Hasegawa T, Sorensen L, Dohi M, Rao NV, Hoidal JR, Marshall BC: Induction of urokinase-type plasminogen activator receptor by IL-1 beta. Am J Respir Cell Mol Biol 1997, 16: 683-692.
Simon DI, Rao NK, Xu H, Wei Y, Majdic O, Ronne E, Kobzik L, Chapman HA: Mac-1 (CD11b/CD18) and the urokinase receptor (CD87) form a functional unit on monocytic cells. Blood 1996, 88: 3185-3194.
Imamura T, Dubin A, Moore W, Tanaka R, Travis J: Induction of vascular permeability enhancement by human tryptase: dependence on activation of prekallikrein and direct release of bradykinin from kininogens. Lab Invest 1996, 74: 861-870.
Fernando LP, Natesan S, Joseph K, Kaplan AP: High molecular weight kininogen and factor XII binding to endothelial cells and astrocytes. Thromb Haemost 2003, 90: 787-795.
Russell JA: Genetics of coagulation factors in acute lung injury. Crit Care Med 2003, (Suppl):S243-S247. 10.1097/01.CCM.0000057870.61079.3E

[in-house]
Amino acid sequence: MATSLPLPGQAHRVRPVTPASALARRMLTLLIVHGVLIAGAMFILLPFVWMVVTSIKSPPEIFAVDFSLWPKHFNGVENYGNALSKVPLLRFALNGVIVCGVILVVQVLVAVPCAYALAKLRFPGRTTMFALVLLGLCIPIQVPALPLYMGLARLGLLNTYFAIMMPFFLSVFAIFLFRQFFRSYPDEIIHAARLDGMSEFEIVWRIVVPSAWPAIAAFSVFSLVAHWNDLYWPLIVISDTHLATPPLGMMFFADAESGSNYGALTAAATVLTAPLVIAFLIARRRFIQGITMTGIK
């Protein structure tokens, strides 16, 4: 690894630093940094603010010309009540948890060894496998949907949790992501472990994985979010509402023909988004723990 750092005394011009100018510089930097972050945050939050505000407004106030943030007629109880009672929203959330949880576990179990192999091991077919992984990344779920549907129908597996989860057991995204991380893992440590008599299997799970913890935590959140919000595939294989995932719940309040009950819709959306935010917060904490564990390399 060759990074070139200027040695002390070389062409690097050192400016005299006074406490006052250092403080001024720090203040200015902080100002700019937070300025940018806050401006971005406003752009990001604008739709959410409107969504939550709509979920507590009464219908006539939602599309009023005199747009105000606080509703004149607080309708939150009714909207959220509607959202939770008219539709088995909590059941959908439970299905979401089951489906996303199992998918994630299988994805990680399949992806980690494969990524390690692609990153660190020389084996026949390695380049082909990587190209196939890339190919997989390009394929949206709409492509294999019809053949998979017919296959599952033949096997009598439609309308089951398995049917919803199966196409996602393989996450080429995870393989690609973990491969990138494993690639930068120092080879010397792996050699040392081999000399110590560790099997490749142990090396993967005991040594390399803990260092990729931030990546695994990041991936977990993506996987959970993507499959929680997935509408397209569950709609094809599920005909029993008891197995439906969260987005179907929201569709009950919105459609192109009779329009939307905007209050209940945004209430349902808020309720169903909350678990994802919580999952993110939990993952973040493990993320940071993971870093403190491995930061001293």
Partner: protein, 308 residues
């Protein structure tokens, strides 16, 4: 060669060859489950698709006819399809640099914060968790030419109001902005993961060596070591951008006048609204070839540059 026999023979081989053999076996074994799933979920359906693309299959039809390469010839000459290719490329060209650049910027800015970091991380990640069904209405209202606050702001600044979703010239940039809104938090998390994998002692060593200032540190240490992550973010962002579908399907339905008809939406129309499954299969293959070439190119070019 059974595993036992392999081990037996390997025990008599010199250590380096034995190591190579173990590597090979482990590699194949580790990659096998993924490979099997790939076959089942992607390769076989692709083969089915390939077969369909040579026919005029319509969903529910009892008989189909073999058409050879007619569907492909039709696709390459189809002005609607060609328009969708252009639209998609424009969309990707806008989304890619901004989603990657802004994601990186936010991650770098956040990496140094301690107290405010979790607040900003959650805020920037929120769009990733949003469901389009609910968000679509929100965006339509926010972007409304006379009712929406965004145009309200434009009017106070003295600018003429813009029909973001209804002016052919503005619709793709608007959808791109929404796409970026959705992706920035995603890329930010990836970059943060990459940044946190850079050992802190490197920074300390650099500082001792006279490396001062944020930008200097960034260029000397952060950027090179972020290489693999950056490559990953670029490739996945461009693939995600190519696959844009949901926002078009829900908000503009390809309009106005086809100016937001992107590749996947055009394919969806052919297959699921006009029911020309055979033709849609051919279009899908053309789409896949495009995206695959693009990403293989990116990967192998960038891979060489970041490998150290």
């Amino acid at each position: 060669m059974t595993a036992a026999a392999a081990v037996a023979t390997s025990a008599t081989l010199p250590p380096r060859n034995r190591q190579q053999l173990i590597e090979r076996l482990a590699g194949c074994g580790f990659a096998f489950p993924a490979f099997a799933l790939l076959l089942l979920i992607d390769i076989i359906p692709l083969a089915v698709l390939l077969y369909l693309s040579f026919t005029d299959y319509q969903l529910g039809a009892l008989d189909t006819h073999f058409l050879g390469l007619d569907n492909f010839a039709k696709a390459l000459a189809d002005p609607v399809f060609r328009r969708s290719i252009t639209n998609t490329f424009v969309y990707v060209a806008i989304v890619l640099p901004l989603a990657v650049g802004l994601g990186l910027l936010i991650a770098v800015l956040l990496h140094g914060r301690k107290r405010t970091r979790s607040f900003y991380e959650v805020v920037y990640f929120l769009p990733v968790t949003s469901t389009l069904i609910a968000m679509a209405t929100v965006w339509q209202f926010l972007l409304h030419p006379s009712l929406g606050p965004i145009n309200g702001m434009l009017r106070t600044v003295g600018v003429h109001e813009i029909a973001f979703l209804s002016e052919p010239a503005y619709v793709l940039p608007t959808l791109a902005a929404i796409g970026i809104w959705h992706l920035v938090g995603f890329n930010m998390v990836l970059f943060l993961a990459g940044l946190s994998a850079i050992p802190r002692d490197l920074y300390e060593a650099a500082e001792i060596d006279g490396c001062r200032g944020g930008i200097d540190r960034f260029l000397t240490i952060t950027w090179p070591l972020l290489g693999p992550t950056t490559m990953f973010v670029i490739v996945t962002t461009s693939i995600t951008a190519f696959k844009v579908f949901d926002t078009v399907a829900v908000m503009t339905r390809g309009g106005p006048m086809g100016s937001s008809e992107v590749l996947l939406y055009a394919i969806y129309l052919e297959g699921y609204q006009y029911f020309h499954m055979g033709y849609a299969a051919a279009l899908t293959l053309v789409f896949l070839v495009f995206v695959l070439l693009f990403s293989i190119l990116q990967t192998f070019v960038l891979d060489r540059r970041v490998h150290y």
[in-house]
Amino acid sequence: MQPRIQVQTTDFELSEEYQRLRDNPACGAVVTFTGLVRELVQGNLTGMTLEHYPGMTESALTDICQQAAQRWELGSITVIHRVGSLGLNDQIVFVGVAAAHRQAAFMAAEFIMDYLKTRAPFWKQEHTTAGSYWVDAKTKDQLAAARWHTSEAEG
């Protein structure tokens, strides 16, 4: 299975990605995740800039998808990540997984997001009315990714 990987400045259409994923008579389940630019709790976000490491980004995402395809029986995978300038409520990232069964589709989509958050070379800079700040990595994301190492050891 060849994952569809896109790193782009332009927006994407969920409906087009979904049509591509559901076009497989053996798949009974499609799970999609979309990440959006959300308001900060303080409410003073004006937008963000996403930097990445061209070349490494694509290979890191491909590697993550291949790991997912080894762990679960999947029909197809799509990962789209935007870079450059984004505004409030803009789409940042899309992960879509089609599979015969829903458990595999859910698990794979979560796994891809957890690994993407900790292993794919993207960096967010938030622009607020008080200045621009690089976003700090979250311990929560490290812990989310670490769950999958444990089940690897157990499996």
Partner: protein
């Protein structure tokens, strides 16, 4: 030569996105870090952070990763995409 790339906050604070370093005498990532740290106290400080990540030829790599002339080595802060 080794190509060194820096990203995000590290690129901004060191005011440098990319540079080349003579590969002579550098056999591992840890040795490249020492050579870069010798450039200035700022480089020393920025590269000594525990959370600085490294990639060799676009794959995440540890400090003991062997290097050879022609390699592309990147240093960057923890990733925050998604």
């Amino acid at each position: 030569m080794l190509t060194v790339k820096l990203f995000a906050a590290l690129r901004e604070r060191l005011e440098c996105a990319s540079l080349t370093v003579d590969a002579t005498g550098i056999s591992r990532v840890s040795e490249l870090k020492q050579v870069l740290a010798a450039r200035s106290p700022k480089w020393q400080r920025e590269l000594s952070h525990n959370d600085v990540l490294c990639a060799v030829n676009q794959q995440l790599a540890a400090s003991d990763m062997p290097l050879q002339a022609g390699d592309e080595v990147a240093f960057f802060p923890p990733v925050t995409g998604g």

Johnson K, Aarden L, Choi Y, De Groot E, Creasey A: The proinflammatory cytokine response to coagulation and endotoxin in whole blood. Blood 1996, 87: 5051-5060.
Johnson K, Choi Y, DeGroot E, Samuels I, Creasey A, Aarden L: Potential mechanisms for a proinflammatory vascular cytokine response to coagulation activation. J Immunol 1998, 160: 5130-5135.
Electronic supplementary material
Authors’ original submitted files for images
Below are the links to the authors’ original submitted files for images.
About this article
Cite this article
Grigoryev, D.N., Finigan, J.H., Hassoun, P. et al. Science review: Searching for gene candidates in acute lung injury. Crit Care 8, 440 (2004). https://doi.org/10.1186/cc2901
- acute lung injury
- candidate genes
- gene expression
- gene ontology